Causing public confusion is not and cannot be an offence under the Communication and Multimedia Act, the Malaysian Bar said today after The Malaysian Insider was blocked on this ground by the Malaysian Communication and Multimedia Commission (MCMC).
President of the Malaysian Bar Steven Thiru said the MCMC’s reliance on Section 233 for its action against TMI was without any basis and oppressive.
He said the Bar was aghast at the decision to use Sections 233 and 263(2) of the Communications and Multimedia Act 1998 to deny public access to The Malaysian Insider indefinitely.
“It is quite puzzling that anyone could consider causing public confusion to be an offence at all.
“It is also rather demeaning and offensive to assume that Malaysians will be ‘confused’ merely as a result of contradictory statements in the press, or because the source of the statements was not disclosed,” he said in a statement today.
The Malaysian Insider was blocked from last Thursday evening. MCMC did not give any specific reason for the block or any prior notice to the news portal before blocking it.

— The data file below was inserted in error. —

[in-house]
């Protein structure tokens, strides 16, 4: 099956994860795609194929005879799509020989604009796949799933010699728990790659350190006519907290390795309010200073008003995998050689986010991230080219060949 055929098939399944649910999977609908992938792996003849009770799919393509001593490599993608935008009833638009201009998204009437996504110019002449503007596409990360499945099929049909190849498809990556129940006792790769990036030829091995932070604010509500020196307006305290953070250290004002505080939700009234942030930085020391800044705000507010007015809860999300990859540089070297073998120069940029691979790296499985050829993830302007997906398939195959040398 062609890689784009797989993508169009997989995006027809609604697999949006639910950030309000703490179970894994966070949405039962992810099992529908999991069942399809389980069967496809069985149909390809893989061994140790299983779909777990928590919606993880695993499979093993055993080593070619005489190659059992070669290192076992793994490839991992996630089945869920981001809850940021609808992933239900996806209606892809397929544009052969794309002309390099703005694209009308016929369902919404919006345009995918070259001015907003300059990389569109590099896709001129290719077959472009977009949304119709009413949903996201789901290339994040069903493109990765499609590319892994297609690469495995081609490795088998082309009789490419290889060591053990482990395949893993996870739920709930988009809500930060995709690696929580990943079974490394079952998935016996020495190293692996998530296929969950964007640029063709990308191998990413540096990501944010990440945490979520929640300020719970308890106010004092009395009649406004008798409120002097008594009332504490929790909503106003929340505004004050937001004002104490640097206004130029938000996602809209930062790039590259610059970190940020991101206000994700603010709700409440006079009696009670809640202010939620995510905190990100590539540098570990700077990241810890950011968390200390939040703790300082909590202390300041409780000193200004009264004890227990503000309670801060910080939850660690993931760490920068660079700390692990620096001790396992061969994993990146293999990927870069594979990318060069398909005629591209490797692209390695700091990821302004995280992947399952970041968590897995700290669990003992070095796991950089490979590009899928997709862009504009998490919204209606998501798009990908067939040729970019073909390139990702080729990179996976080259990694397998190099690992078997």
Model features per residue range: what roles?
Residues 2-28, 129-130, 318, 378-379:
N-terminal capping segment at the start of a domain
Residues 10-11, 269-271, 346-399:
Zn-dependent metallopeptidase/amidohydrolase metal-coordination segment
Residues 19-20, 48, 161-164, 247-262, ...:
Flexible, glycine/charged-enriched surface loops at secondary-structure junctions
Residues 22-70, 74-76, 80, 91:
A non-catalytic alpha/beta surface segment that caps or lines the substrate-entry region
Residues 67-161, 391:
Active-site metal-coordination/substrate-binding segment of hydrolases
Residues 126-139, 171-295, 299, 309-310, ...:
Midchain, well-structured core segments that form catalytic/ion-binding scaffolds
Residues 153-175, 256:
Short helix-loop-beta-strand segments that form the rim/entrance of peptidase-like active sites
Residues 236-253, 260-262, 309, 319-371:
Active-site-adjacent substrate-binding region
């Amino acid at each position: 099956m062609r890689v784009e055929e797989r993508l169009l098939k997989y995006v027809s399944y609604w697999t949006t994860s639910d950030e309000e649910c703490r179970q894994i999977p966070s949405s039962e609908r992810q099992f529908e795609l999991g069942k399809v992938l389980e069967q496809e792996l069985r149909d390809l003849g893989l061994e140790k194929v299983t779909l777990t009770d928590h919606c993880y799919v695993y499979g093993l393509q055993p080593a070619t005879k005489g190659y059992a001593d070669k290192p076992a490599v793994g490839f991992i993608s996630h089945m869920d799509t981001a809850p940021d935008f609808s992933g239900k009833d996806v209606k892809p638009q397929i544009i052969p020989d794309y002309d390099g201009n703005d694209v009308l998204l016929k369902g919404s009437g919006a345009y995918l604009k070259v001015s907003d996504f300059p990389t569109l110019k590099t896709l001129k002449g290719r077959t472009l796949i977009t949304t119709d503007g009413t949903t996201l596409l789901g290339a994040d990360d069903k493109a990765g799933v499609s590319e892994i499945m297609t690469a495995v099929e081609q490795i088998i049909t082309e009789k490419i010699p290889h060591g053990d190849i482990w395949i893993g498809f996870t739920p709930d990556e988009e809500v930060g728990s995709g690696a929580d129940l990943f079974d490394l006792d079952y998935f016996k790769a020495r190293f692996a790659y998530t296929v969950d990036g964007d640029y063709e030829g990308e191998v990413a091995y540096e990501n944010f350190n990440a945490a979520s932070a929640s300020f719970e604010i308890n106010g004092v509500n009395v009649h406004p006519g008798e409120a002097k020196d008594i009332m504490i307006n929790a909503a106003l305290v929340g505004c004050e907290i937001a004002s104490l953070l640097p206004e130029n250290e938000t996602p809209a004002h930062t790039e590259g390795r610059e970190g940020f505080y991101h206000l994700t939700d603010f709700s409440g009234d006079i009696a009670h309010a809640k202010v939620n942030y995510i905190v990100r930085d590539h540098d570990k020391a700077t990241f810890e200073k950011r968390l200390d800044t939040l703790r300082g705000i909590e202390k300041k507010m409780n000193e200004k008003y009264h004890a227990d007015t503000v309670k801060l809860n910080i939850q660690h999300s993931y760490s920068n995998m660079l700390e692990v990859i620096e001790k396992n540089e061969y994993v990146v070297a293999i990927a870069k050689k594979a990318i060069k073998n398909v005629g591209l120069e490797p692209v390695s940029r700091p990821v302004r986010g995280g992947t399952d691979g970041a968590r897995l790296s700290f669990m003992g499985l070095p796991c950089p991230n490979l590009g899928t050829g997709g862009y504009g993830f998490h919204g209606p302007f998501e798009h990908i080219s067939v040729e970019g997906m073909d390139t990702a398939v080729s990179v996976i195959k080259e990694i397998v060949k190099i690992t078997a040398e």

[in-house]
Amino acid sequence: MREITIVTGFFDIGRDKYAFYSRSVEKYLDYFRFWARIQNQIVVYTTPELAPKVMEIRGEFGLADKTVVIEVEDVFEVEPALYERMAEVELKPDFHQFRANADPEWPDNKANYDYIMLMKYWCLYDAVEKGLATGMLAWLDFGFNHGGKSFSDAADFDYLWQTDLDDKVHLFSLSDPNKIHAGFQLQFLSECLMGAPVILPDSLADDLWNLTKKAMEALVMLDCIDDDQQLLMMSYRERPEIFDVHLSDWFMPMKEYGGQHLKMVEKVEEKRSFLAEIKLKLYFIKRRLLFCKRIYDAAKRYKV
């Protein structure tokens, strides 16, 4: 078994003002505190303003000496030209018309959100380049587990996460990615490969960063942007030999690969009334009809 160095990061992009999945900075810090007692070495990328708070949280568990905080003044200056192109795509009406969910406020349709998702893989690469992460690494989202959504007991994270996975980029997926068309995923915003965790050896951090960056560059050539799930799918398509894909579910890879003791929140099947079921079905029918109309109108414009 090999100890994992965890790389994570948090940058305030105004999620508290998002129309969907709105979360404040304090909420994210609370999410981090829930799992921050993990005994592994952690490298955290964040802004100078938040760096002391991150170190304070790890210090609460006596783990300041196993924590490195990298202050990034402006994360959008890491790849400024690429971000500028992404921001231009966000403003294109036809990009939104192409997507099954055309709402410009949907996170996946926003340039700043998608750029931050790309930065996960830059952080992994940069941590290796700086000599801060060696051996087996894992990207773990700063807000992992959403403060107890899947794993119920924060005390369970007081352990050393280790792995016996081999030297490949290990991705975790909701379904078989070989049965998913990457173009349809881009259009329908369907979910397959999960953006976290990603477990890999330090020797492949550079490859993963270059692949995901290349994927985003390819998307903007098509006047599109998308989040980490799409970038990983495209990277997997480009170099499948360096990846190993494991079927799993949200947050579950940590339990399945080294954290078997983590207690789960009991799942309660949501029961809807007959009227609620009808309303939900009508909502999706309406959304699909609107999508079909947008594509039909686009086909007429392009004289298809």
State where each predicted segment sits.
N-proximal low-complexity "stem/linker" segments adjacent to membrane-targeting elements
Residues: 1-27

Communications and Multimedia Minister Datuk Seri Salleh Said Keruak reportedly said TMI was blocked because one of its articles quoted a statement which contradicted official statements from the Malaysian Anti-Corruption Commission.
Salleh said the source of the statement was not mentioned and that could confuse the public. Steven said it appeared that MCMC acted against TMI because itI allegedly published matters which caused confusion.
“MCMC has not identified the offending publication by TMI which caused this purported confusion. MCMC cannot invoke Section 263(2) of the CMA for the purpose of barring public access to websites on unjustifiable grounds.
“As a responsible regulator, MCMC must always act in accordance with the law and must not arrogate to itself powers that have not been conferred on it by Parliament.
“The action taken by MCMC against TMI appears to be unsustainable in law.”
He said the recent and emerging pattern of MCMC’s reliance on the CMA to bar access to websites was alarming.
He said it was seen as harassment and intimidation of the media, and targeting of contrary or dissenting voices in the public sphere.
“In July 2015, the whistle-blower website, Sarawak Report, was blocked for allegedly publishing unverified information relating to the prime minister.
“Other websites, such as Medium, Outsyed the Box, Tabunginsider, Jinggo Photopages, Din Turtle, Asia Sentinel and Malaysia Chronicle, have also been blocked.
“The legality of MCMC’s action under the CMA in respect of these other websites also appears to be questionable.”